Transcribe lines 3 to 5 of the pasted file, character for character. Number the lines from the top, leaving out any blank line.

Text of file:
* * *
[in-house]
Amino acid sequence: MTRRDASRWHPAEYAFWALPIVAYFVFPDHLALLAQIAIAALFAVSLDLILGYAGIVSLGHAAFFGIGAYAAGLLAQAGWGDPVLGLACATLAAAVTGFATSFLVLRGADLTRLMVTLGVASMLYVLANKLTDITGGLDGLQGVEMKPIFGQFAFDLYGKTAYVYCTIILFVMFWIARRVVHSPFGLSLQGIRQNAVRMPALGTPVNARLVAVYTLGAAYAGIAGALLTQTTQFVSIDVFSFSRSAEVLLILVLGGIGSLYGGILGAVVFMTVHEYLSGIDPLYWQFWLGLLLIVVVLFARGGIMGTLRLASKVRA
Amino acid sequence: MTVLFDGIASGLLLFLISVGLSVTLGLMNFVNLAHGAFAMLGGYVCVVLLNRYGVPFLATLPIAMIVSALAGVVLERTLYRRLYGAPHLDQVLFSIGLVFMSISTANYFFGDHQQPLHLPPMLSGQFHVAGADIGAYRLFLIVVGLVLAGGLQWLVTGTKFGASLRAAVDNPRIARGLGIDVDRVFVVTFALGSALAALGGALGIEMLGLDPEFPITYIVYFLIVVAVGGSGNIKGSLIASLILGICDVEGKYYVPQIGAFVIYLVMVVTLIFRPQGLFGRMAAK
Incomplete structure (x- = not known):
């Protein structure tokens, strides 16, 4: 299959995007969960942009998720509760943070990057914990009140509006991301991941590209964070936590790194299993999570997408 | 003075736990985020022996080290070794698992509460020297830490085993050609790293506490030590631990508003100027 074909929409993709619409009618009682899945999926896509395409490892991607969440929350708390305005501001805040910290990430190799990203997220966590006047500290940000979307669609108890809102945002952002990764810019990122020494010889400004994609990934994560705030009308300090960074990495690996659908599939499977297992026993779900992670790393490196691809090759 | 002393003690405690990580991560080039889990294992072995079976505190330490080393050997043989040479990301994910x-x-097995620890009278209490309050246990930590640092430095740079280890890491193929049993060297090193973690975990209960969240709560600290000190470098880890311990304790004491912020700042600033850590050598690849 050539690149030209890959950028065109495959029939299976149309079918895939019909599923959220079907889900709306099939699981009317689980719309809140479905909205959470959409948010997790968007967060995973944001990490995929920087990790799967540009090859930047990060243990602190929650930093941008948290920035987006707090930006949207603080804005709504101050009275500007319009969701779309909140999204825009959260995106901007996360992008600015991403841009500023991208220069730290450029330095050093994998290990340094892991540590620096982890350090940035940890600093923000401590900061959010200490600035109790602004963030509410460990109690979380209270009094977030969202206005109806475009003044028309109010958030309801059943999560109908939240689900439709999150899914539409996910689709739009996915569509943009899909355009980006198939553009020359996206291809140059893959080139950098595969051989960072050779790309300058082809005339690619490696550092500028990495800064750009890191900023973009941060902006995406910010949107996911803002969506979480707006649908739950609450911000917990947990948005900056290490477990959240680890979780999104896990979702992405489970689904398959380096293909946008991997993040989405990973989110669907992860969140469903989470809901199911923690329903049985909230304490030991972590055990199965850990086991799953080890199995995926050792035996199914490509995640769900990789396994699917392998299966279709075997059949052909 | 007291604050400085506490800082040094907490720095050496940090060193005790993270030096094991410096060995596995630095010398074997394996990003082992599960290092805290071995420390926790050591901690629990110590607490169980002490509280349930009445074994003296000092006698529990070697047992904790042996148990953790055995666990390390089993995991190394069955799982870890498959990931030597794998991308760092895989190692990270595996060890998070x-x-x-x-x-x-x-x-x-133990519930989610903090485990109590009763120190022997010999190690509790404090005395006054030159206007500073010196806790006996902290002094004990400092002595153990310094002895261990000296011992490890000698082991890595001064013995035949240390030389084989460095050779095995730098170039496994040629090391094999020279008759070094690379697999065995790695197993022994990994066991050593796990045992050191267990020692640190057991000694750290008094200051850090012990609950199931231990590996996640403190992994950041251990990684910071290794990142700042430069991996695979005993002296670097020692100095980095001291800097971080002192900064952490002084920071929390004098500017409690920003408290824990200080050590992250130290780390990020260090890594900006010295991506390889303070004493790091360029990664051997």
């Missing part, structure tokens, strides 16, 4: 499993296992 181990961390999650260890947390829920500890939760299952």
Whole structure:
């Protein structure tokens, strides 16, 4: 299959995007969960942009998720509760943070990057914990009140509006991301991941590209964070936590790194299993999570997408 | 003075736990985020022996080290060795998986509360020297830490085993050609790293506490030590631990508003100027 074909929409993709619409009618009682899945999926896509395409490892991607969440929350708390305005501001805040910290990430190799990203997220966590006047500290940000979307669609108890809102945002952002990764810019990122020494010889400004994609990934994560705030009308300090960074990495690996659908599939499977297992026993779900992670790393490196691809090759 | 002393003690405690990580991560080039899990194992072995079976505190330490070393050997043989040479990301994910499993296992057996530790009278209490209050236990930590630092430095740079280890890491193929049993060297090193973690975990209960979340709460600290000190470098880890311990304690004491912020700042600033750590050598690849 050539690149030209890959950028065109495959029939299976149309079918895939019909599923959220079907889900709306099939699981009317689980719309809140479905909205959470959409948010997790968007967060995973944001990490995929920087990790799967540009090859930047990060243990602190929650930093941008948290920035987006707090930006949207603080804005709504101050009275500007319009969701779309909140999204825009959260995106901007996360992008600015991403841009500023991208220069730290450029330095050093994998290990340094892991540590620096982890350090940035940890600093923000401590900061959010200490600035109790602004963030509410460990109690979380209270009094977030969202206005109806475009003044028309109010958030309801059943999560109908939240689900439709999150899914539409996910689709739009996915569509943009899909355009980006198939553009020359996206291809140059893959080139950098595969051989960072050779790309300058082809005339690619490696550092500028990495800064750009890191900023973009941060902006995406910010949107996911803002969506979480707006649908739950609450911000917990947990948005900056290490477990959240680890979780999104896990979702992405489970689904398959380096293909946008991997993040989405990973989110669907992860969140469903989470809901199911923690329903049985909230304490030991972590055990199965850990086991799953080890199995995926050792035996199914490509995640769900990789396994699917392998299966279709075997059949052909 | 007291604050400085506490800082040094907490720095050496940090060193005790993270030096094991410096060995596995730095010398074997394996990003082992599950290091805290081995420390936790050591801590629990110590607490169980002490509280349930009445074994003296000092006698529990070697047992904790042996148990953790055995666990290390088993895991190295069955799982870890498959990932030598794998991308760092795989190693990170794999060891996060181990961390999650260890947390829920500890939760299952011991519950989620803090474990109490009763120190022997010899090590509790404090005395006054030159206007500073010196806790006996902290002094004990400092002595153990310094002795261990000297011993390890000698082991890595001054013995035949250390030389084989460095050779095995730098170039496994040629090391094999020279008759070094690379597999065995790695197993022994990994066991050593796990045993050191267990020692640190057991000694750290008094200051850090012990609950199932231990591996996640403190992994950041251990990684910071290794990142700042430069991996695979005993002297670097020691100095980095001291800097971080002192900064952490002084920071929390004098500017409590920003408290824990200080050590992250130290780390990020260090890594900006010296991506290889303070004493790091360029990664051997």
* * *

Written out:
Amino acid sequence: MTVLFDGIASGLLLFLISVGLSVTLGLMNFVNLAHGAFAMLGGYVCVVLLNRYGVPFLATLPIAMIVSALAGVVLERTLYRRLYGAPHLDQVLFSIGLVFMSISTANYFFGDHQQPLHLPPMLSGQFHVAGADIGAYRLFLIVVGLVLAGGLQWLVTGTKFGASLRAAVDNPRIARGLGIDVDRVFVVTFALGSALAALGGALGIEMLGLDPEFPITYIVYFLIVVAVGGSGNIKGSLIASLILGICDVEGKYYVPQIGAFVIYLVMVVTLIFRPQGLFGRMAAK
Incomplete structure (x- = not known):
């Protein structure tokens, strides 16, 4: 299959995007969960942009998720509760943070990057914990009140509006991301991941590209964070936590790194299993999570997408 | 003075736990985020022996080290070794698992509460020297830490085993050609790293506490030590631990508003100027 074909929409993709619409009618009682899945999926896509395409490892991607969440929350708390305005501001805040910290990430190799990203997220966590006047500290940000979307669609108890809102945002952002990764810019990122020494010889400004994609990934994560705030009308300090960074990495690996659908599939499977297992026993779900992670790393490196691809090759 | 002393003690405690990580991560080039889990294992072995079976505190330490080393050997043989040479990301994910x-x-097995620890009278209490309050246990930590640092430095740079280890890491193929049993060297090193973690975990209960969240709560600290000190470098880890311990304790004491912020700042600033850590050598690849 050539690149030209890959950028065109495959029939299976149309079918895939019909599923959220079907889900709306099939699981009317689980719309809140479905909205959470959409948010997790968007967060995973944001990490995929920087990790799967540009090859930047990060243990602190929650930093941008948290920035987006707090930006949207603080804005709504101050009275500007319009969701779309909140999204825009959260995106901007996360992008600015991403841009500023991208220069730290450029330095050093994998290990340094892991540590620096982890350090940035940890600093923000401590900061959010200490600035109790602004963030509410460990109690979380209270009094977030969202206005109806475009003044028309109010958030309801059943999560109908939240689900439709999150899914539409996910689709739009996915569509943009899909355009980006198939553009020359996206291809140059893959080139950098595969051989960072050779790309300058082809005339690619490696550092500028990495800064750009890191900023973009941060902006995406910010949107996911803002969506979480707006649908739950609450911000917990947990948005900056290490477990959240680890979780999104896990979702992405489970689904398959380096293909946008991997993040989405990973989110669907992860969140469903989470809901199911923690329903049985909230304490030991972590055990199965850990086991799953080890199995995926050792035996199914490509995640769900990789396994699917392998299966279709075997059949052909 | 007291604050400085506490800082040094907490720095050496940090060193005790993270030096094991410096060995596995630095010398074997394996990003082992599960290092805290071995420390926790050591901690629990110590607490169980002490509280349930009445074994003296000092006698529990070697047992904790042996148990953790055995666990390390089993995991190394069955799982870890498959990931030597794998991308760092895989190692990270595996060890998070x-x-x-x-x-x-x-x-x-133990519930989610903090485990109590009763120190022997010999190690509790404090005395006054030159206007500073010196806790006996902290002094004990400092002595153990310094002895261990000296011992490890000698082991890595001064013995035949240390030389084989460095050779095995730098170039496994040629090391094999020279008759070094690379697999065995790695197993022994990994066991050593796990045992050191267990020692640190057991000694750290008094200051850090012990609950199931231990590996996640403190992994950041251990990684910071290794990142700042430069991996695979005993002296670097020692100095980095001291800097971080002192900064952490002084920071929390004098500017409690920003408290824990200080050590992250130290780390990020260090890594900006010295991506390889303070004493790091360029990664051997």